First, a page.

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# Eigenvalues Calculator

Select the dimension of matrix, input the values, and press calculate button to find the eigenvalues

**Eigenvalue Calculator **

Solve matrices of different dimensions from 2x2 to 6x6 for eigenvalues and eigenvectors using this calculator. The calculations section consists of procedures to find each and every value for the respective matrix.

**What are eigenvalues and eigenvectors?**

After transformation, a function applied in 2 or more dimensions, the vector which satisfies the equation **Av = λv** is called **eigenvectors (v)**.

This equation is called eigenequation. It describes how a certain set of vectors that are multiplied with a scalar quantity like 2 or 7 e.t.c are equal to a transformation matrix multiplied by a vector.

The scalar quantity in the equation is called the **eigenvalue (****λ)**. This equation is a little strange when one thinks about how a matrix-vector multiplication is equal to scalar-vector multiplication but it is true nonetheless.

The transformation matrix (**A**) is made by placing two or more vectors column-vise that represent the basic vectors like **i**, **j**, and **k** after transformation.

In the image above, the **i **(along the x-axis) vector stretched by 3 times “along its span”. This made it an eigenvector as well. While the second basic vector **j** (along the y-axis) stretched and changed its direction from its span.

The eigenvectors are such vectors in a plane that during the movement or transformation stay on their span that passes through it. These vectors may stretch or compress depending on the transformation.

This is why working with **eigenspaces**, the span of an eigenvector, is more suitable. Because any vector along that span will satisfy the equation **Av = λv**.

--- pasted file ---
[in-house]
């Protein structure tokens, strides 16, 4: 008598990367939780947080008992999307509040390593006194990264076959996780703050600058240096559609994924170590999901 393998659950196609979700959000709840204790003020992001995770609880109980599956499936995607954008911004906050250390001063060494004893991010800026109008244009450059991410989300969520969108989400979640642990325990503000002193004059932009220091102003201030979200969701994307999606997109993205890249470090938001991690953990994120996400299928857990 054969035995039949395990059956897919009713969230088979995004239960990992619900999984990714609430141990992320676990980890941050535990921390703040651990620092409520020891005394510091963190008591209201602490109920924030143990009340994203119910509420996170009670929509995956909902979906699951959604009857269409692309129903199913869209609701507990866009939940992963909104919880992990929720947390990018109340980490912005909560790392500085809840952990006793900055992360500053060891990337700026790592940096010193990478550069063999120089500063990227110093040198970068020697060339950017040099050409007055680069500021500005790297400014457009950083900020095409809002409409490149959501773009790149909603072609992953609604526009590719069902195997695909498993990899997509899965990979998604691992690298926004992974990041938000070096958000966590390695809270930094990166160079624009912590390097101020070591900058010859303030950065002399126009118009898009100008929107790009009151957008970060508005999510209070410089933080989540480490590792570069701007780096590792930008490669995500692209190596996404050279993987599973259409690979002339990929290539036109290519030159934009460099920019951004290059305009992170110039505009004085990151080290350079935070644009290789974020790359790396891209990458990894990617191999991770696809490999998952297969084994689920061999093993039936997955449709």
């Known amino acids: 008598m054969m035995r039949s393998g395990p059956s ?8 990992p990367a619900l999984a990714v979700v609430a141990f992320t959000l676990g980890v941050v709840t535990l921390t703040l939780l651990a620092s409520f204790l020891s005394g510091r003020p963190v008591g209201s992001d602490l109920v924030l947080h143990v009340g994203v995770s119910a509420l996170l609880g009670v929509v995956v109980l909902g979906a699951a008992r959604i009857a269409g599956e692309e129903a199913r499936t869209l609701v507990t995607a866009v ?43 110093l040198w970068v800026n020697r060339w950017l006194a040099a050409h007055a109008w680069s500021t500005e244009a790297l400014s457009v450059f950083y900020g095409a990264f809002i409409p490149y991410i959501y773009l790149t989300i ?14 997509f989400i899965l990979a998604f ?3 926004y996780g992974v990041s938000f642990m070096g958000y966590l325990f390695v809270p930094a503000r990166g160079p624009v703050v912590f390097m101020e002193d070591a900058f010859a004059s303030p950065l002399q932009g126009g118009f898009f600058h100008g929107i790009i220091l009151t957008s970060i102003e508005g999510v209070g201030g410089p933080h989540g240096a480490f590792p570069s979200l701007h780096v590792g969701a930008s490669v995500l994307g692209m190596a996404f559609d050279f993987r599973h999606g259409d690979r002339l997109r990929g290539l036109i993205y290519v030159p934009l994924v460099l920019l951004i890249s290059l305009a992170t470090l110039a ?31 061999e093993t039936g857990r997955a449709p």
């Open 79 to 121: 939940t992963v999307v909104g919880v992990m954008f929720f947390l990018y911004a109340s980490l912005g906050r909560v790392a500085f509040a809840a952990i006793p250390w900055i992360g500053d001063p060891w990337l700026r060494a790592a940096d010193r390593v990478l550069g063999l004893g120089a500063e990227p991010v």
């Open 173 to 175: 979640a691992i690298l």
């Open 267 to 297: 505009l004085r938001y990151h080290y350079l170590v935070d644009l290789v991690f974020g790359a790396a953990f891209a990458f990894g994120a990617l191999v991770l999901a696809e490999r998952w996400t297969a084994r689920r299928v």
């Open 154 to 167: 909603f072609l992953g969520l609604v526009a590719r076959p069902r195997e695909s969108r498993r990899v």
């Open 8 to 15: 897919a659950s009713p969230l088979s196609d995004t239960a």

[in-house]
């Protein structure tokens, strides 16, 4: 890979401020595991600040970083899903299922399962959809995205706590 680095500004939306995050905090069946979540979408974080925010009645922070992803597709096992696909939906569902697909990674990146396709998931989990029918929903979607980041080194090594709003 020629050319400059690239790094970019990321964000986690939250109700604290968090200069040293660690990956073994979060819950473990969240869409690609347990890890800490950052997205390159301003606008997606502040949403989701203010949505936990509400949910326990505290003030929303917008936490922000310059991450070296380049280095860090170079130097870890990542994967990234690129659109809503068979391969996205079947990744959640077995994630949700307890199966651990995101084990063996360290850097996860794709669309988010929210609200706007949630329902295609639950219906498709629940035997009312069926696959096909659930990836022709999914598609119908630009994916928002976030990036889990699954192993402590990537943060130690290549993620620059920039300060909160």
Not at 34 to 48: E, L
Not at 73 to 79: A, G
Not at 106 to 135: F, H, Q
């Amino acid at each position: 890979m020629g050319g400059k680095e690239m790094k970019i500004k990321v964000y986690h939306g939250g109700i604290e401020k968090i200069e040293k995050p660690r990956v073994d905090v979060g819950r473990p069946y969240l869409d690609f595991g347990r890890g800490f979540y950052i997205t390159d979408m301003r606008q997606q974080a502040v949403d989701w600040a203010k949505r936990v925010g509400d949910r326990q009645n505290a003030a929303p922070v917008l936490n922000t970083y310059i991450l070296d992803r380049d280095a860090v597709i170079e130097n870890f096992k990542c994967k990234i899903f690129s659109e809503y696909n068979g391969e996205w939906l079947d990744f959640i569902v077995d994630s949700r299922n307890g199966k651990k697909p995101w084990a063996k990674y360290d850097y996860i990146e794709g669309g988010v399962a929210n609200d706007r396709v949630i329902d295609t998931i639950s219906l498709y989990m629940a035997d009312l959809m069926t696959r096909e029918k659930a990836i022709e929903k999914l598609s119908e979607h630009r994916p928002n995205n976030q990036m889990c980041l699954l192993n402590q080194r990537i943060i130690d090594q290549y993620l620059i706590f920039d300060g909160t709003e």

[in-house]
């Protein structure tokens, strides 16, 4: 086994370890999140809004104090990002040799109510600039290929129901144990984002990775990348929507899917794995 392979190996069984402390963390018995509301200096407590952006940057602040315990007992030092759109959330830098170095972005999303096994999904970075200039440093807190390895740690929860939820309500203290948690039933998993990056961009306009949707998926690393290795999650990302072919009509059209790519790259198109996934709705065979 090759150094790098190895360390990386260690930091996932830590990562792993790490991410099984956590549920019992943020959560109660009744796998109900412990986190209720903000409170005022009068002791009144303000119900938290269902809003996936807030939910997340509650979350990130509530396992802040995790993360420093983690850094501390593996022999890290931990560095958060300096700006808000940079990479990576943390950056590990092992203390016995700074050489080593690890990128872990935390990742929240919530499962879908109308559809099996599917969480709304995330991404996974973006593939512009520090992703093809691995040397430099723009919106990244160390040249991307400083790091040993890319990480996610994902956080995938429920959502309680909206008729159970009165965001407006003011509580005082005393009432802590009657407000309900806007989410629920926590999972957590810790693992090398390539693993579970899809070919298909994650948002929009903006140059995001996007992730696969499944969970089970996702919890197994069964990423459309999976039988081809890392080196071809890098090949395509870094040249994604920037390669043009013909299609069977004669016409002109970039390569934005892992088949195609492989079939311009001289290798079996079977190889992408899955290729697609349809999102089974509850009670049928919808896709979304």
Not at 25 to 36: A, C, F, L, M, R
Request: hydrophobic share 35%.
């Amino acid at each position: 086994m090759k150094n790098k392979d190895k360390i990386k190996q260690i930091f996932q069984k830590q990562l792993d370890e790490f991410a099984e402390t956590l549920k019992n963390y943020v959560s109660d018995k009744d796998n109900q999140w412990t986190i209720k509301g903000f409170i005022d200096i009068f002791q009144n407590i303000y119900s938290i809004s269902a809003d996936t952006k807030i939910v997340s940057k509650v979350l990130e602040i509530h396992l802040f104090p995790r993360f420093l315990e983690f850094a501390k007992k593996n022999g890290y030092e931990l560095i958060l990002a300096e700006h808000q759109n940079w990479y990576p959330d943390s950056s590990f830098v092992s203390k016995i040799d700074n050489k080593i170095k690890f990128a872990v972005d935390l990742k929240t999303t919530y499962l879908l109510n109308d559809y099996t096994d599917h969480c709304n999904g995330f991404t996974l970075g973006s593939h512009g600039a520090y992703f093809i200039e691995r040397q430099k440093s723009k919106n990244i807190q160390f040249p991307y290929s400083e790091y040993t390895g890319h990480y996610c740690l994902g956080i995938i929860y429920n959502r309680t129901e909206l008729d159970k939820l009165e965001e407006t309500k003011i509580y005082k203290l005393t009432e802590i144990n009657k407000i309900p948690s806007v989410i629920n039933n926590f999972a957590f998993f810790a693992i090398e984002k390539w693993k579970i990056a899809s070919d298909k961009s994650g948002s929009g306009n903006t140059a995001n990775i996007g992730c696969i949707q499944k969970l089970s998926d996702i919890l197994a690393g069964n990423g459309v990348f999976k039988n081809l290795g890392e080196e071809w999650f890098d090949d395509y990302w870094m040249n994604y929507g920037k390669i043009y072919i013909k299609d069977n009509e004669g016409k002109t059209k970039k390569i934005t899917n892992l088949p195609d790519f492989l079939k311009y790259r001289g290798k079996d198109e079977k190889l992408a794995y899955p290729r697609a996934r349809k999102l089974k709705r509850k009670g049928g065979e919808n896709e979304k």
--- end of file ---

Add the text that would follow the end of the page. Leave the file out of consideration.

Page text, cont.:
The maximum number of eigenvectors depends on the size of the transformation matrix. If it is 3x3, the maximum number of such vectors will be 3. Though it is possible to have fewer, one, or no eigenvectors.

**How to find eigenvectors and eigenvalues?**

The same eigenequation is modified for this purpose. The goal is to make both slides some version of matrix-vector multiplication.

One way to do that is to multiply the eigenvalue with an identity matrix since it makes no change as such.

*A**v** = λ**I**v*

This is now the desired form. Rearranging it:

*A**v** - λ**I*** v** =

**0**

*(A - λ**I)*** v** =

**0**

The vector is taken as common. The value *( A - λ*

*after solving is still a matrix. This equation is true for eigenvectors if and only if the product of this matrix and vector is zero.*

**I**)If the dimensions of a vector are reduced by **1**, the result will be zero. But how to do that? When the determinant of a matrix is zero, that means the vector has shifted to a lower dimension.

`det`

*(A - λ**I)* = 0

This means we have to find a special value for lambda or the eigenvalue that will make the determinant zero. And that in turn will be used to calculate the eigenvector.

**Eigenvalues** are calculated by solving the mentioned equation. The end result is usually a polynomial equation that is broken down for roots i.e. eigenvalues.

**Eigenvectors** will be calculated when these eigenvalues are used in the eigenequation and reduced using the Gaussian Elimination method.

**Example: **

What are the eigenvalues and eigenvectors for the following matrix?

**Solution:**

**Finding eigenvalues:**

**Step 1:** Put the matrix in the formula.

det*(A - λ**I)* = 0

**Step 2: **Multiply the lambda and subtract with the matrix A.

**Step 3:** Take the determinant.

**Step 4:** Break down into roots using the Quadratic formula calculator.

Hence, the eigenvalues are *λ *= 5 and *λ *= -10

**Finding the eigenvectors:**

**Step 1: **Put the first value of lambda in the matrix.

*(A - λ**I)*** v** =

**0**

**Step 2:** Perform row echelon reduction.

`Add R`

_{1}to R_{2}.

`Divide R`

_{1}by -4.

**Step 3:** Translate back to a matrix equation, the reduced system is

As a scalar equation, this system is:

**v**_{1} -** v**** _{2} **/ 2 = 0

**v**_{1} =** v**** _{2} **/ 2

According to the above equation:

Letting **v _{2} = 1**, the first eigenvector we get is:

**Step 4:** Similarly, find the second eigenvector.

`Swap R`

_{1} with R_{2}

Multiply ½ with R_{1} and subtract from R_{2}.

Divide R_{1} by 4.

As a scalar equation, this system is:

**v**_{1} + **v**_{2} = 0

**v**_{1} = **-v**_{2}

According to the above equation:

Letting **v _{2} = 1,** the second eigenvector we get is: